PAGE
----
Retrofit at scale requires a long-term strategy and behavioural change

NHMF Service Provider Forum membership represents the housing sector’s very best in innovation, best practice and collaboration. Embodying a broad cross section of organisations with differing interests and specialisms, across contractors, supply chain partners, manufacturers, solicitors, consultants and recruiters to name a few, we are speaking to members to find out more.


In this last blog of 2023, we speak to Paul Rogers at CLC Group, who pride themselves on offering housing clients national coverage with a local service. An experienced director and manager in commercial, procurement, operations and technical, Paul is also a Retrofit Coordinator and has expertise across decarbonisation and Net Zero in the domestic, commercial & industrial sectors. Also, a PAS 2030:2019/2023, PAS 2035:2019/2023 & PAS 2038: 2021 specialist, Paul is the ideal person to speak to about all things decarbonisation and retrofit.

Headlines from the current COP28 Climate Change summit are looking pretty bleak, forecasting that the world is in danger of hitting the point of no return due to human-caused climate change. The warnings come as negotiators discuss how best to slash emissions from the burning of coal, oil and gas with this year is set to be the hottest on record. Despite this bigger picture backdrop, I firmly believe that all of us can curb climate change as individuals, within our communities and within our businesses.

Feed the machine

Of course, it’s a huge ask, but I’m confident that within housing retrofit, we now have considerable foundations in place. The supply chain is keen to engage. There are high levels of investment, funding and tangible opportunities ready to feed the machine. We have the PAS2035 standards to work to. We’re all trying hard to invest in the future by attracting apprentices and formalised skill mentoring schemes and through social value, ensure that we invest sustainably in the communities in which we’re working, not just raid them and disappear. We’re upskilling operatives for the new types of ‘green’ work; and most importantly, contractors like CLC are working in partnership with our clients and residents to ensure that all and any decarbonisation improvements carried out, are done from a Fabric First approach.

Waiting to satisfy all uncertainties may be too late.

So why is the Net Zero journey stuttering? One of the main hurdles we face is uncertainty. As human beings we often don’t do well with uncertainty, and as businesses being asked to invest substantially in renewable tech / innovation and a green workforce, this uncertainty becomes even more of a problem. With mixed messages from Government, doubt about the accuracy of EPCs, gaps between the quality and sustainability of works that are SHDF funded and self-funded, it’s easy to see why our journey to Net Zero – and it is a journey - can feel a bit stop start. What we need is a full-scale commitment, with clear objectives and a huge rolling public communications campaign. I relate where we are now with retrofit, to the challenges at the start of the journey – another journey – of getting recycling to be the norm from the 1990s onwards. Who would have ever thought then that the majority of UK households would actually spend time sorting through their recycling? But it is the norm now and I believe net zero homes will follow a similar trajectory.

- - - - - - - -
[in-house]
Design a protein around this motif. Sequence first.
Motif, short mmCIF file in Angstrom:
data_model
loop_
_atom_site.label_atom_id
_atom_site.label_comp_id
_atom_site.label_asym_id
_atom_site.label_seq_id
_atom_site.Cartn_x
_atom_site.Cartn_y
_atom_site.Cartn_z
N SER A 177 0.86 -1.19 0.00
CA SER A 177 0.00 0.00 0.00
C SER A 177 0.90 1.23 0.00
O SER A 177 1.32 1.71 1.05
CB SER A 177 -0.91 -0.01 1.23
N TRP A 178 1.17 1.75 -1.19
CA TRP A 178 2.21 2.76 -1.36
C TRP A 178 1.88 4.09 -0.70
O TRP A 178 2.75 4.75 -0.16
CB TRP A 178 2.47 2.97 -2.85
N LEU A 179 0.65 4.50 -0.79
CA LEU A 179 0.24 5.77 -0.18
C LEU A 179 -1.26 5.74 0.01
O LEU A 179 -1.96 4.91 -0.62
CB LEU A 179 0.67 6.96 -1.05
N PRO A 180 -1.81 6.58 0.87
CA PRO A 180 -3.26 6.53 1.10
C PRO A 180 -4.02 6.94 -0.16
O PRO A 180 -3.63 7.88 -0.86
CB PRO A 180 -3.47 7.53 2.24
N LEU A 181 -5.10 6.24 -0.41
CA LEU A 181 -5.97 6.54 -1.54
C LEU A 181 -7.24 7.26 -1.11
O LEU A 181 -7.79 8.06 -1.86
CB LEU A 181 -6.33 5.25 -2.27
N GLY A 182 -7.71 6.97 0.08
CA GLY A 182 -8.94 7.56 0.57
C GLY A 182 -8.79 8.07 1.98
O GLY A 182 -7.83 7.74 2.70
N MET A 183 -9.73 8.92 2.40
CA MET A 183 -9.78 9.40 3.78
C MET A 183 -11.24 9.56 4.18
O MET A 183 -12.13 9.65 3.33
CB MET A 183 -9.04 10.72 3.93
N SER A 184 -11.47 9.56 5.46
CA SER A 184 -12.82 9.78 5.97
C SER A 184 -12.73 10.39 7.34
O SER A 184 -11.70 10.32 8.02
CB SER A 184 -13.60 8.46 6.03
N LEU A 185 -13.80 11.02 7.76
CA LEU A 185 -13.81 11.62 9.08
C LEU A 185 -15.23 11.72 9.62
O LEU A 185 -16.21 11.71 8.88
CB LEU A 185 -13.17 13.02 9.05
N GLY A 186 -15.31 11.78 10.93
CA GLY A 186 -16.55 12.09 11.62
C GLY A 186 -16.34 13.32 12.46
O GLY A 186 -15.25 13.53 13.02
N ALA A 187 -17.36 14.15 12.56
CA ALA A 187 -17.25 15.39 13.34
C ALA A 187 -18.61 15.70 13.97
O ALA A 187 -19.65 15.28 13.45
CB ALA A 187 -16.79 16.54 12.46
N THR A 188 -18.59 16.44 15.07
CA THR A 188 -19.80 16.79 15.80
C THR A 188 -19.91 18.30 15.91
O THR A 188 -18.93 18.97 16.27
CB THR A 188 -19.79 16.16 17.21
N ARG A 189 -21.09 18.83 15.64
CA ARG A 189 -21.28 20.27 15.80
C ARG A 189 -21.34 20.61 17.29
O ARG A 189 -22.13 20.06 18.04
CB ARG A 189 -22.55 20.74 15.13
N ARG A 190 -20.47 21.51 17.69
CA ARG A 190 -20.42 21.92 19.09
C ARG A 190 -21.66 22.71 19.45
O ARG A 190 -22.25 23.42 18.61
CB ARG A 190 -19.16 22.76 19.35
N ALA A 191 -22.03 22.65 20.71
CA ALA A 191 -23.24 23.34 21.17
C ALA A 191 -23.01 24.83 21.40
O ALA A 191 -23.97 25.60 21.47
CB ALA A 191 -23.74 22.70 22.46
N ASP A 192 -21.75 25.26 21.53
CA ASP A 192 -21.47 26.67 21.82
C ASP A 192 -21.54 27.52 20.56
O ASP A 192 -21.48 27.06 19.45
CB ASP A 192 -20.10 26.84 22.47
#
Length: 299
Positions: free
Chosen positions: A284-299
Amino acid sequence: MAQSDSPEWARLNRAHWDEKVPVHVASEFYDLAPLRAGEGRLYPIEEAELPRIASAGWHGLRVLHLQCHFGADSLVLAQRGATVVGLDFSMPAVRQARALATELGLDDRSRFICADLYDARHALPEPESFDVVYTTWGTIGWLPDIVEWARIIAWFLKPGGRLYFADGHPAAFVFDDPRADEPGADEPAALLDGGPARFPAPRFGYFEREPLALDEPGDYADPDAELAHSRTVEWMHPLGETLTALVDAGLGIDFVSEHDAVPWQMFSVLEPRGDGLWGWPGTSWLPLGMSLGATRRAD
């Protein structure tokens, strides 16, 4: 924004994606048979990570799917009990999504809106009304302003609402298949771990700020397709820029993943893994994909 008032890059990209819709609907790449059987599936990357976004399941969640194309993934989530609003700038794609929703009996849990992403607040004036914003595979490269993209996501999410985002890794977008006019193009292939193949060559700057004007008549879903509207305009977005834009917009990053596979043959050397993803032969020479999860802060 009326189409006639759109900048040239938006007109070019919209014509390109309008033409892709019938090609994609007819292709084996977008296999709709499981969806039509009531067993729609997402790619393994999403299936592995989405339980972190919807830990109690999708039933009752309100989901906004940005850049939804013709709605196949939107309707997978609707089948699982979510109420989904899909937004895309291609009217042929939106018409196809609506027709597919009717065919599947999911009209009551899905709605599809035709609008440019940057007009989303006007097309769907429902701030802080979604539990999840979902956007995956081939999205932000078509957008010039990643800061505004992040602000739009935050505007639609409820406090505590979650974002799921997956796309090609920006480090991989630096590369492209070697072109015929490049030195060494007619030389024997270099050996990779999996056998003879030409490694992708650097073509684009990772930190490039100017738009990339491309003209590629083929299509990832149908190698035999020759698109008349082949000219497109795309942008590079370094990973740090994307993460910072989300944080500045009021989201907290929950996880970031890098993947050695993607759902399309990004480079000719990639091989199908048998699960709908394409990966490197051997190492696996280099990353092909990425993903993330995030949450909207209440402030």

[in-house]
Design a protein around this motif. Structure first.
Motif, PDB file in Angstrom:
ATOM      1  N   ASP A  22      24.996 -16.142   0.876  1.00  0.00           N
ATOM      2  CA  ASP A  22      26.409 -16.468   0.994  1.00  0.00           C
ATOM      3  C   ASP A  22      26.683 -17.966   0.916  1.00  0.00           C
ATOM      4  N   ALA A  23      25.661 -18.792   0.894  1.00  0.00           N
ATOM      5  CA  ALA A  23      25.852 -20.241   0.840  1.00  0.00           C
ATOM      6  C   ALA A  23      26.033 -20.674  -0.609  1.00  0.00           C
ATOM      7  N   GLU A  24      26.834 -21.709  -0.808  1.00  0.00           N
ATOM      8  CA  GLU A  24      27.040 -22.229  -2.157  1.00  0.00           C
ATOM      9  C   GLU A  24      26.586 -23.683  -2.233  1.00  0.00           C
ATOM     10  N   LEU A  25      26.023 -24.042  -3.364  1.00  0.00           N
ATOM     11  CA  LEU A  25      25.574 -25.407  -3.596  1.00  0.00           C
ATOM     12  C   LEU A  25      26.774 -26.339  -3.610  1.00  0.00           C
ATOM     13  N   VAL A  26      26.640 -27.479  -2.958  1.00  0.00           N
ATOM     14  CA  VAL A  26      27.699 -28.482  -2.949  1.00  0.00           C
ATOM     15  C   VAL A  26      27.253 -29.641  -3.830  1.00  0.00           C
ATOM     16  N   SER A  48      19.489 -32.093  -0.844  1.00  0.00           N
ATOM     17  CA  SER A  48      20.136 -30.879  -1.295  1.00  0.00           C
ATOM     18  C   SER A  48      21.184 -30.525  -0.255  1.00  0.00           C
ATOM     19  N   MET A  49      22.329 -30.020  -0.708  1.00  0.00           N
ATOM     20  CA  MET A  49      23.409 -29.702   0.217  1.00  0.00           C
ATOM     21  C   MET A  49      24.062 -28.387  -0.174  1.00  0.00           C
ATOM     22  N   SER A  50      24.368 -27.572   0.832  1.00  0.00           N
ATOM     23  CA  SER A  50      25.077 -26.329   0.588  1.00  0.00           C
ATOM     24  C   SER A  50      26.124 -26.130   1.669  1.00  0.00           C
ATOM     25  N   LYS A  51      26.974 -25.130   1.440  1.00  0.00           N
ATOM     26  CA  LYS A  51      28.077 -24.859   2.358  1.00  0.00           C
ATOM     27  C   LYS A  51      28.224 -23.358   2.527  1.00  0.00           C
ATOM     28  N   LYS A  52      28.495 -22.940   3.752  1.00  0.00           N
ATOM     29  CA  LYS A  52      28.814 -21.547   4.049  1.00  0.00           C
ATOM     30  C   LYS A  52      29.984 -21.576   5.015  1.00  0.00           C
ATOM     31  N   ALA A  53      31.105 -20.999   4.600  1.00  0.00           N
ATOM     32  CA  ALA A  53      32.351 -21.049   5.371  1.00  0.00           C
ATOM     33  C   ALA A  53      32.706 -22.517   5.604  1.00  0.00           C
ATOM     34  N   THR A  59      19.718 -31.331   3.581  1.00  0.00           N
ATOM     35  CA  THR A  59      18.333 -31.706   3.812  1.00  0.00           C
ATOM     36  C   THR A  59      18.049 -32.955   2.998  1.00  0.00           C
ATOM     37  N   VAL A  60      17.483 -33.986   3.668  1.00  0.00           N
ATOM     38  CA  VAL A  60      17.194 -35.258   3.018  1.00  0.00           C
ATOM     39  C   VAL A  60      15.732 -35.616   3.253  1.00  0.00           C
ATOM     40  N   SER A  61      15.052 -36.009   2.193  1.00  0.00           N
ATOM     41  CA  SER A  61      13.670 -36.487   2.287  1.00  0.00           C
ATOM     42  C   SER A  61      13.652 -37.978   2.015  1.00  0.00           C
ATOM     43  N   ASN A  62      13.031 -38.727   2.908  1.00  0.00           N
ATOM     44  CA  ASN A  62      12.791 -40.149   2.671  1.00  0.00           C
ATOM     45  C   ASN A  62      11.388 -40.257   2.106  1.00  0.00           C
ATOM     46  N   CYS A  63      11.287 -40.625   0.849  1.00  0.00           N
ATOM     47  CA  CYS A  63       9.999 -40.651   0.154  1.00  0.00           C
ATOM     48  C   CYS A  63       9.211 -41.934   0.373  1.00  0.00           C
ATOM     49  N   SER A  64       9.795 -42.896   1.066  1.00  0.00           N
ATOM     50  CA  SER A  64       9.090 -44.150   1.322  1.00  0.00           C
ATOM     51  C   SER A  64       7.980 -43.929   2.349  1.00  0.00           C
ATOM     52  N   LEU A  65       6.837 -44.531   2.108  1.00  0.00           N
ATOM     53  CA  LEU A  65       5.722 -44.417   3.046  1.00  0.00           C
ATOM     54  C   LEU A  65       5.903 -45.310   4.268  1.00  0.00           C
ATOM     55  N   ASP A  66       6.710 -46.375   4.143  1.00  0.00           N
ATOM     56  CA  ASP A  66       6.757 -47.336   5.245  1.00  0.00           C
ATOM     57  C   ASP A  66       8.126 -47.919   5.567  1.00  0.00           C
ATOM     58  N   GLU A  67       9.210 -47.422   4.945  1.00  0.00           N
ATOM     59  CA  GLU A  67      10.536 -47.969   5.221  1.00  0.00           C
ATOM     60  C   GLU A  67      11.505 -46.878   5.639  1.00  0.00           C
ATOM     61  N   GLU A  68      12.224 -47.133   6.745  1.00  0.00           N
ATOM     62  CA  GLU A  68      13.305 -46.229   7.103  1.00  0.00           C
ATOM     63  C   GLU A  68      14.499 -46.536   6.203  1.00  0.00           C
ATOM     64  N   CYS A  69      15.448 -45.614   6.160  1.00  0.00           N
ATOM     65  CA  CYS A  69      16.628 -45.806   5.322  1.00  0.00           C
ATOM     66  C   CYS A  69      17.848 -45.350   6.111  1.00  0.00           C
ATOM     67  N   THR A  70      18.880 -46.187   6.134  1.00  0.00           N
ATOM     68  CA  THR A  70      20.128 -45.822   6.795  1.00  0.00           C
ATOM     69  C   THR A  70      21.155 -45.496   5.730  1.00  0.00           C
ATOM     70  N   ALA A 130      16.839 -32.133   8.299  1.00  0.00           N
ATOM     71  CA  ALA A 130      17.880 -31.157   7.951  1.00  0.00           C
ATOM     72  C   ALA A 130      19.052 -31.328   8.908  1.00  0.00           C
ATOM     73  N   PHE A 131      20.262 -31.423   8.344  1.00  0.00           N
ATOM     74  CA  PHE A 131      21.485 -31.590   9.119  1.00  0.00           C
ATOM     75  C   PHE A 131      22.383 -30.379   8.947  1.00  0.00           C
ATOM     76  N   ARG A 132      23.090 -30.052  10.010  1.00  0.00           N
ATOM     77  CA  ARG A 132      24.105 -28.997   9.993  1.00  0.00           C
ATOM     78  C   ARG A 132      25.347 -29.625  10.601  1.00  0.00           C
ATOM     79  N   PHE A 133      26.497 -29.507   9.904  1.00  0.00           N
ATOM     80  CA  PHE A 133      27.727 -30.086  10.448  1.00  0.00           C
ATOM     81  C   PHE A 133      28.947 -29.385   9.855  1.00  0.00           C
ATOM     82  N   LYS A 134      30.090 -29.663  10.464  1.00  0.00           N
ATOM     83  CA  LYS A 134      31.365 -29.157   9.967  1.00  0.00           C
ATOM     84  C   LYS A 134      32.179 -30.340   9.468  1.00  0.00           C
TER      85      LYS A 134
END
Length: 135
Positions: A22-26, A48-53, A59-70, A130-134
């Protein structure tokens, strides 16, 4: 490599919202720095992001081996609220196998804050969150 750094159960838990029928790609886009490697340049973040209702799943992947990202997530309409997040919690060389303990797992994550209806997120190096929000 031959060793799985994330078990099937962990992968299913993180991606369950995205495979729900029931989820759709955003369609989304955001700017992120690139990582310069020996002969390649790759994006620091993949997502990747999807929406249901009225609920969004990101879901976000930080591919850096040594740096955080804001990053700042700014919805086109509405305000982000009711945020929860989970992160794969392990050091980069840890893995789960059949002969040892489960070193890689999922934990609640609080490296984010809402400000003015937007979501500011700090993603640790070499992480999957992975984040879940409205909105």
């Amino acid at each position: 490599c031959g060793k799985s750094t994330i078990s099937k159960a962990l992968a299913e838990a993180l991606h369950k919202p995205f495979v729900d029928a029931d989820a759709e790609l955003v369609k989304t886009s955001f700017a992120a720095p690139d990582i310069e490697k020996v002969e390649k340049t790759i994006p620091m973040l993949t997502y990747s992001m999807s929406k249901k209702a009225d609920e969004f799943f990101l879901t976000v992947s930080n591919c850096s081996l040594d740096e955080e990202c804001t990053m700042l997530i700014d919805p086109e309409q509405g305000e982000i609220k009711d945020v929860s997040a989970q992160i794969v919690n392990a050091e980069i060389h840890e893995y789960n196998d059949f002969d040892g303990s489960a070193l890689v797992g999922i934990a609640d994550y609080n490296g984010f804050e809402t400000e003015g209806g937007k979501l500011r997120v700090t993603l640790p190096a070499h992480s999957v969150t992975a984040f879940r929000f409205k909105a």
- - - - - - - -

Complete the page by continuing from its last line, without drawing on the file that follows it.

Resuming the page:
A collective shift in mindsets

The retrofitting of the national housing stock is the most critical climate problem to solve and without ‘joined up thinking’ from Government and industry, we will not beat climate change. Put simply, getting our 28 million homes retrofitted and renovated is the biggest engineering challenge the UK has ever faced. Our homes use 35% of all the energy on the grid and emit 20% of the carbon dioxide emissions that contribute to greenhouse gas emissions. More than 80% of existing homes will still be standing and occupied in 2050; building 250,000 new homes per year only adds 1% per year to the stock and reduces domestic emissions by 0.3%, so simply building new zero carbon homes will not get us close to the target.

As a collective, we need policymakers, housing landlords and contractors, to grasp the fact that it’s holistic changes that are vital for sustainable and impactful change to happen. It’s accepted that there is no silver bullet or quick fix, and indeed that would be an unsustainable approach that could stifle innovation which we certainly don’t want.  

We are on the start of a journey which not only requires this joined up approach, but demands a huge psychological mind shift for many people. I would argue it’s our responsibility to try to at least get the direction of travel correct and firmly fixed, to leave a better legacy for the next generation and our planet.

At CLC, we are determined to effect change and are working tirelessly to try to get the right messages in front of the right people through action in partnership.  


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Paul Rogers

Many thanks to NHMF Service Provider Forum member, Paul Rogers MCIPHE RP, TMIET, National Decarbonisation Manager at CLC Group for compiling this Bulletin.

CLC: Winner Unlock Net Zero Award 2023: Green homes upgrade of the year for Exeter City Council, with CLC Contractors as the PAS 2035 Principal Contractor. Find out more

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